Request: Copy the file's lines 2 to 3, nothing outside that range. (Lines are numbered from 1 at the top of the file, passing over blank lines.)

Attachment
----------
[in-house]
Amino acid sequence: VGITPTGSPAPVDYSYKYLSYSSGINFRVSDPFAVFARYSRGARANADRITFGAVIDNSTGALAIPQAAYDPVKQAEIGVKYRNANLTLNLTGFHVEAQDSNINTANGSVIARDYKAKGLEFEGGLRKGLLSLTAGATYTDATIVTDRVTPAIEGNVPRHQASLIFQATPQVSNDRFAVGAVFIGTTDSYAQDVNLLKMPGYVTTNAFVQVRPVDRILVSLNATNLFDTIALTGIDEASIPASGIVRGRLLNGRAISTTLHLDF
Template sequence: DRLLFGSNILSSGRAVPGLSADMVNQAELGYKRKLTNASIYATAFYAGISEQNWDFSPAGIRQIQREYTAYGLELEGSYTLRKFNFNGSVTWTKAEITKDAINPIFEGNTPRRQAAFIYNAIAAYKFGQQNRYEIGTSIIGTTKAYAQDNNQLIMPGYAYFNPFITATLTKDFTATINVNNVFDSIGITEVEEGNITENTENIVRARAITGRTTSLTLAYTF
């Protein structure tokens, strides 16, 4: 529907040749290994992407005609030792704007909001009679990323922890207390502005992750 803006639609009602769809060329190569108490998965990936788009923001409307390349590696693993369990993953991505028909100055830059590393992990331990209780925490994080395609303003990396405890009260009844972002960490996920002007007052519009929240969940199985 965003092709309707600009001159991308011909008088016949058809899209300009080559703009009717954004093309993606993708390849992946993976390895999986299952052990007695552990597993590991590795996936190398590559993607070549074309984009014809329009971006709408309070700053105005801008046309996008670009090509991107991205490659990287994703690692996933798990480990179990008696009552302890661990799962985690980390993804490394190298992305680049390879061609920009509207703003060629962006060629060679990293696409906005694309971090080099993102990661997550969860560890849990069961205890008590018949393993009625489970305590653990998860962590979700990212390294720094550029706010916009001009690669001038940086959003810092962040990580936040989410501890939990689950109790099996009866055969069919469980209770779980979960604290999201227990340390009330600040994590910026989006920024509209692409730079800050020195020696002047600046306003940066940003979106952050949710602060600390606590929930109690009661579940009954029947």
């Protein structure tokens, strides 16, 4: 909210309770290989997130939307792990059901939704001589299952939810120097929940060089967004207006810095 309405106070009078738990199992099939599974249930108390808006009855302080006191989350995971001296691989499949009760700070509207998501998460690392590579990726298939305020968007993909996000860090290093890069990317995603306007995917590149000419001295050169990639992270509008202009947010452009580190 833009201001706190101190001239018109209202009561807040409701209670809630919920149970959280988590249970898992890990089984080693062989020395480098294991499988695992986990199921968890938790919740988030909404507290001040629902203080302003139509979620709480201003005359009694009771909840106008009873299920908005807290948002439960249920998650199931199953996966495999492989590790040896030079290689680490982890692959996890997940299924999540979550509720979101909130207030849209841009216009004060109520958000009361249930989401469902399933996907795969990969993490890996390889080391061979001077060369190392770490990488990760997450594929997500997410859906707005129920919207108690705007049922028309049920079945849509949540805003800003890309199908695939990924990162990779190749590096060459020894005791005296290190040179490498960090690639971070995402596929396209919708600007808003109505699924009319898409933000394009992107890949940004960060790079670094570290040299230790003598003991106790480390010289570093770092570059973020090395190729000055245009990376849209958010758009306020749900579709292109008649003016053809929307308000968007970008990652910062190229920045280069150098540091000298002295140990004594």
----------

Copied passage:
Amino acid sequence: VGITPTGSPAPVDYSYKYLSYSSGINFRVSDPFAVFARYSRGARANADRITFGAVIDNSTGALAIPQAAYDPVKQAEIGVKYRNANLTLNLTGFHVEAQDSNINTANGSVIARDYKAKGLEFEGGLRKGLLSLTAGATYTDATIVTDRVTPAIEGNVPRHQASLIFQATPQVSNDRFAVGAVFIGTTDSYAQDVNLLKMPGYVTTNAFVQVRPVDRILVSLNATNLFDTIALTGIDEASIPASGIVRGRLLNGRAISTTLHLDF
Template sequence: DRLLFGSNILSSGRAVPGLSADMVNQAELGYKRKLTNASIYATAFYAGISEQNWDFSPAGIRQIQREYTAYGLELEGSYTLRKFNFNGSVTWTKAEITKDAINPIFEGNTPRRQAAFIYNAIAAYKFGQQNRYEIGTSIIGTTKAYAQDNNQLIMPGYAYFNPFITATLTKDFTATINVNNVFDSIGITEVEEGNITENTENIVRARAITGRTTSLTLAYTF